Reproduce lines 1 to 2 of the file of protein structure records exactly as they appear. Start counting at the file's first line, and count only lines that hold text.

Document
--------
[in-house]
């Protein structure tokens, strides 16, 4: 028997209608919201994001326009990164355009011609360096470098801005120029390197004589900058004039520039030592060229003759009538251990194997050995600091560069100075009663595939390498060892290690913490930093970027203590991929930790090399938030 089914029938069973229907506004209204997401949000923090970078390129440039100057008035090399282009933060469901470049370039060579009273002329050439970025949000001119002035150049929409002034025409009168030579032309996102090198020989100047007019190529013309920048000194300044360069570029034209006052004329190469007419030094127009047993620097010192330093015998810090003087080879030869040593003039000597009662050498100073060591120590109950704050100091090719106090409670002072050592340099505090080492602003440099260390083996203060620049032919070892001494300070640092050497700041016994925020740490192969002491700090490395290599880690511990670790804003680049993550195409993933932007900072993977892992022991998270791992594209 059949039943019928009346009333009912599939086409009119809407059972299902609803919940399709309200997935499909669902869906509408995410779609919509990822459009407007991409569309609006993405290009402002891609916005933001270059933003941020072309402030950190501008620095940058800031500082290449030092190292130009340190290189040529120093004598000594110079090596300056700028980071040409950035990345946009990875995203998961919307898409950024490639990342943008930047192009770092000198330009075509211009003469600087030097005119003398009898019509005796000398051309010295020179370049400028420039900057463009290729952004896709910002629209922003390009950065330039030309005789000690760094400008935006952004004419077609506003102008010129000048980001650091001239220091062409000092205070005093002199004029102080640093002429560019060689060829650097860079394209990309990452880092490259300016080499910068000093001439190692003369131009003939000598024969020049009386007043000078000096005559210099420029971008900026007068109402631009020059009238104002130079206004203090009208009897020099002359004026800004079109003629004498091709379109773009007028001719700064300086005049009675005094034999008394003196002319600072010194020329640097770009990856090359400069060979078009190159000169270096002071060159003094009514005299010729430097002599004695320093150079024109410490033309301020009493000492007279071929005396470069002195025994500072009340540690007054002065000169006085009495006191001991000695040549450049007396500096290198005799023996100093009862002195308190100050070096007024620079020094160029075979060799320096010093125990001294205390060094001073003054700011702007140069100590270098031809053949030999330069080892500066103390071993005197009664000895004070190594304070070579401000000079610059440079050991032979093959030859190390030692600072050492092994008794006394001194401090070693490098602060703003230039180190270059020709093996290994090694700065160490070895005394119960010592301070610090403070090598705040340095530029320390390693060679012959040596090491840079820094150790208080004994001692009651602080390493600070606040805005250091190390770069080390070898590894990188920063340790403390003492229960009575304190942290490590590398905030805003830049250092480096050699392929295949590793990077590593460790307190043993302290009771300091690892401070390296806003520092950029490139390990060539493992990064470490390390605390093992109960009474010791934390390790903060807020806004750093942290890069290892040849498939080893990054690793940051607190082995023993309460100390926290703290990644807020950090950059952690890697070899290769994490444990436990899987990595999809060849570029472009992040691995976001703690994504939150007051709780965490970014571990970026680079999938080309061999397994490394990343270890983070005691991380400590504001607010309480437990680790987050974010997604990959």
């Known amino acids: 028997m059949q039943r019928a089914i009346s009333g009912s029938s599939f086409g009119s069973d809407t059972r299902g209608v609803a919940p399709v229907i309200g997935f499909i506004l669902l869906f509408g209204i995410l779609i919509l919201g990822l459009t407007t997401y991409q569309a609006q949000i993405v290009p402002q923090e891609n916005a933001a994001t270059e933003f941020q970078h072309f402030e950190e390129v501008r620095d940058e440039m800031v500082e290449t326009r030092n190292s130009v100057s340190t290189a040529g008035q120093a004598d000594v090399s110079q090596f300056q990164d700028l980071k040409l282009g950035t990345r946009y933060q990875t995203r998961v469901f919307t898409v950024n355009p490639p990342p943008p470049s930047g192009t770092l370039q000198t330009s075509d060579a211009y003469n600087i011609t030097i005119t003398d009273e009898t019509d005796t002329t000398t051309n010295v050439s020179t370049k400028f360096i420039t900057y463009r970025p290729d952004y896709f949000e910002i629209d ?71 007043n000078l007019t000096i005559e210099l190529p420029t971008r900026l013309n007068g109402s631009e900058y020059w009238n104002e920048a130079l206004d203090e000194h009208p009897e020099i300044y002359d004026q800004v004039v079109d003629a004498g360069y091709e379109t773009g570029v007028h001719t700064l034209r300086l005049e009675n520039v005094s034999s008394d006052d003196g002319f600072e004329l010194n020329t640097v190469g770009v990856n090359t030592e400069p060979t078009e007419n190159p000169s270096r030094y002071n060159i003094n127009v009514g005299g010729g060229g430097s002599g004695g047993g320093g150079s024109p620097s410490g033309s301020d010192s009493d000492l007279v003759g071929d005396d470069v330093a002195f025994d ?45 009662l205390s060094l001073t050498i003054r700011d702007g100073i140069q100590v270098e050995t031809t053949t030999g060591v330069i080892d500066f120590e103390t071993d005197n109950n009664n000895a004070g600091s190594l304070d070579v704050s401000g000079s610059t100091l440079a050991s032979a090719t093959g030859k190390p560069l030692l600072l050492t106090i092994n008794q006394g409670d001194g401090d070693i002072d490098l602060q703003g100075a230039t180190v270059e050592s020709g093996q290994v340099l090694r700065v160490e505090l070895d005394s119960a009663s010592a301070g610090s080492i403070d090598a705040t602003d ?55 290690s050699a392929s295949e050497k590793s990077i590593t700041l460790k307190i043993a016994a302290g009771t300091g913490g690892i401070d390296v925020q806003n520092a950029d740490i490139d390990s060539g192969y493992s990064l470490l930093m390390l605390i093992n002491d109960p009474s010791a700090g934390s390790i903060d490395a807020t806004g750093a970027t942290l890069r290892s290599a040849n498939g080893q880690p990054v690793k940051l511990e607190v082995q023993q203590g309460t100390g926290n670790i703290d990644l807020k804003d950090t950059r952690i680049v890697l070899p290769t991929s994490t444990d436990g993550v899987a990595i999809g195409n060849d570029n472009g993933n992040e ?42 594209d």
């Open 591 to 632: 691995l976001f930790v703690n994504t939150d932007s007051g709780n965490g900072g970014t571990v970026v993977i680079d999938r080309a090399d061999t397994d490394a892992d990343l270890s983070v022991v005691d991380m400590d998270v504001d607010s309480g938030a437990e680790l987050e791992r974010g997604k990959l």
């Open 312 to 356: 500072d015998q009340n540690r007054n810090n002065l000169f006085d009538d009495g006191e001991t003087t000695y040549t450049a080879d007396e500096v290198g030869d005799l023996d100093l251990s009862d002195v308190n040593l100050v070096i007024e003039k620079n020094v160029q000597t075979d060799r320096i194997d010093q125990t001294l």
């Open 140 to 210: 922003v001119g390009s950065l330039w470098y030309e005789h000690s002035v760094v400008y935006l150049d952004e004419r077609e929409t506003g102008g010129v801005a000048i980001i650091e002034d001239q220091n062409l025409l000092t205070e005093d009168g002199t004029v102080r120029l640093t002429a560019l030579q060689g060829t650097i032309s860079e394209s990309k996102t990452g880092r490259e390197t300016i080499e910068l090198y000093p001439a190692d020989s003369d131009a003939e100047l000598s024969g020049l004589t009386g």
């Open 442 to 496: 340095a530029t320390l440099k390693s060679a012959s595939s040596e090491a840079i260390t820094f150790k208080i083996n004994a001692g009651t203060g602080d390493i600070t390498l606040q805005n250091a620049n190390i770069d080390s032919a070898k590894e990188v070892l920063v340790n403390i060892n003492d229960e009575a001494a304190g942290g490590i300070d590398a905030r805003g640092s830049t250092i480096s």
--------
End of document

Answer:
[in-house]
């Protein structure tokens, strides 16, 4: 028997209608919201994001326009990164355009011609360096470098801005120029390197004589900058004039520039030592060229003759009538251990194997050995600091560069100075009663595939390498060892290690913490930093970027203590991929930790090399938030 089914029938069973229907506004209204997401949000923090970078390129440039100057008035090399282009933060469901470049370039060579009273002329050439970025949000001119002035150049929409002034025409009168030579032309996102090198020989100047007019190529013309920048000194300044360069570029034209006052004329190469007419030094127009047993620097010192330093015998810090003087080879030869040593003039000597009662050498100073060591120590109950704050100091090719106090409670002072050592340099505090080492602003440099260390083996203060620049032919070892001494300070640092050497700041016994925020740490192969002491700090490395290599880690511990670790804003680049993550195409993933932007900072993977892992022991998270791992594209 059949039943019928009346009333009912599939086409009119809407059972299902609803919940399709309200997935499909669902869906509408995410779609919509990822459009407007991409569309609006993405290009402002891609916005933001270059933003941020072309402030950190501008620095940058800031500082290449030092190292130009340190290189040529120093004598000594110079090596300056700028980071040409950035990345946009990875995203998961919307898409950024490639990342943008930047192009770092000198330009075509211009003469600087030097005119003398009898019509005796000398051309010295020179370049400028420039900057463009290729952004896709910002629209922003390009950065330039030309005789000690760094400008935006952004004419077609506003102008010129000048980001650091001239220091062409000092205070005093002199004029102080640093002429560019060689060829650097860079394209990309990452880092490259300016080499910068000093001439190692003369131009003939000598024969020049009386007043000078000096005559210099420029971008900026007068109402631009020059009238104002130079206004203090009208009897020099002359004026800004079109003629004498091709379109773009007028001719700064300086005049009675005094034999008394003196002319600072010194020329640097770009990856090359400069060979078009190159000169270096002071060159003094009514005299010729430097002599004695320093150079024109410490033309301020009493000492007279071929005396470069002195025994500072009340540690007054002065000169006085009495006191001991000695040549450049007396500096290198005799023996100093009862002195308190100050070096007024620079020094160029075979060799320096010093125990001294205390060094001073003054700011702007140069100590270098031809053949030999330069080892500066103390071993005197009664000895004070190594304070070579401000000079610059440079050991032979093959030859190390030692600072050492092994008794006394001194401090070693490098602060703003230039180190270059020709093996290994090694700065160490070895005394119960010592301070610090403070090598705040340095530029320390390693060679012959040596090491840079820094150790208080004994001692009651602080390493600070606040805005250091190390770069080390070898590894990188920063340790403390003492229960009575304190942290490590590398905030805003830049250092480096050699392929295949590793990077590593460790307190043993302290009771300091690892401070390296806003520092950029490139390990060539493992990064470490390390605390093992109960009474010791934390390790903060807020806004750093942290890069290892040849498939080893990054690793940051607190082995023993309460100390926290703290990644807020950090950059952690890697070899290769994490444990436990899987990595999809060849570029472009992040691995976001703690994504939150007051709780965490970014571990970026680079999938080309061999397994490394990343270890983070005691991380400590504001607010309480437990680790987050974010997604990959």